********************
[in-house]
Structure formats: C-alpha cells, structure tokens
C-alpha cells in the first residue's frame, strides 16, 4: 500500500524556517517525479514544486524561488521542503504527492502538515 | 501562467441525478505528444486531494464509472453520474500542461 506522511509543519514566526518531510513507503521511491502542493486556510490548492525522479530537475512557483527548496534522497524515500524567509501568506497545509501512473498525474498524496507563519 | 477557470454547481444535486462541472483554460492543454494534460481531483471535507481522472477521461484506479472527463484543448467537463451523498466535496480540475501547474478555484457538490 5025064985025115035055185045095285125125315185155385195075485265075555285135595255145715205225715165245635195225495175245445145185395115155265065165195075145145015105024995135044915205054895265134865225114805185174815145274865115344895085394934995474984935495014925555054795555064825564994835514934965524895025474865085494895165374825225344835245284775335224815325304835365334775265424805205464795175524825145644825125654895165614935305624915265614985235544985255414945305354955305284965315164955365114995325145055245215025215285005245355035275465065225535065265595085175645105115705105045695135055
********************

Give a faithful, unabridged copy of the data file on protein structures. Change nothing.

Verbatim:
[in-house]
Structure formats: C-alpha cells, structure tokens
C-alpha cells in the first residue's frame, strides 16, 4: 500500500524556517517525479514544486524561488521542503504527492502538515 | 501562467441525478505528444486531494464509472453520474500542461 506522511509543519514566526518531510513507503521511491502542493486556510490548492525522479530537475512557483527548496534522497524515500524567509501568506497545509501512473498525474498524496507563519 | 477557470454547481444535486462541472483554460492543454494534460481531483471535507481522472477521461484506479472527463484543448467537463451523498466535496480540475501547474478555484457538490 5025064985025115035055185045095285125125315185155385195075485265075555285135595255145715205225715165245635195225495175245445145185395115155265065165195075145145015105024995135044915205054895265134865225114805185174815145274865115344895085394934995474984935495014925555054795555064825564994835514934965524895025474865085494895165374825225344835245284775335224815325304835365334775265424805205464795175524825145644825125654895165614935305624915265614985235544985255414945305354955305284965315164955365114995325145055245215025215285005245355035275465065225535065265595085175645105115705105045695135055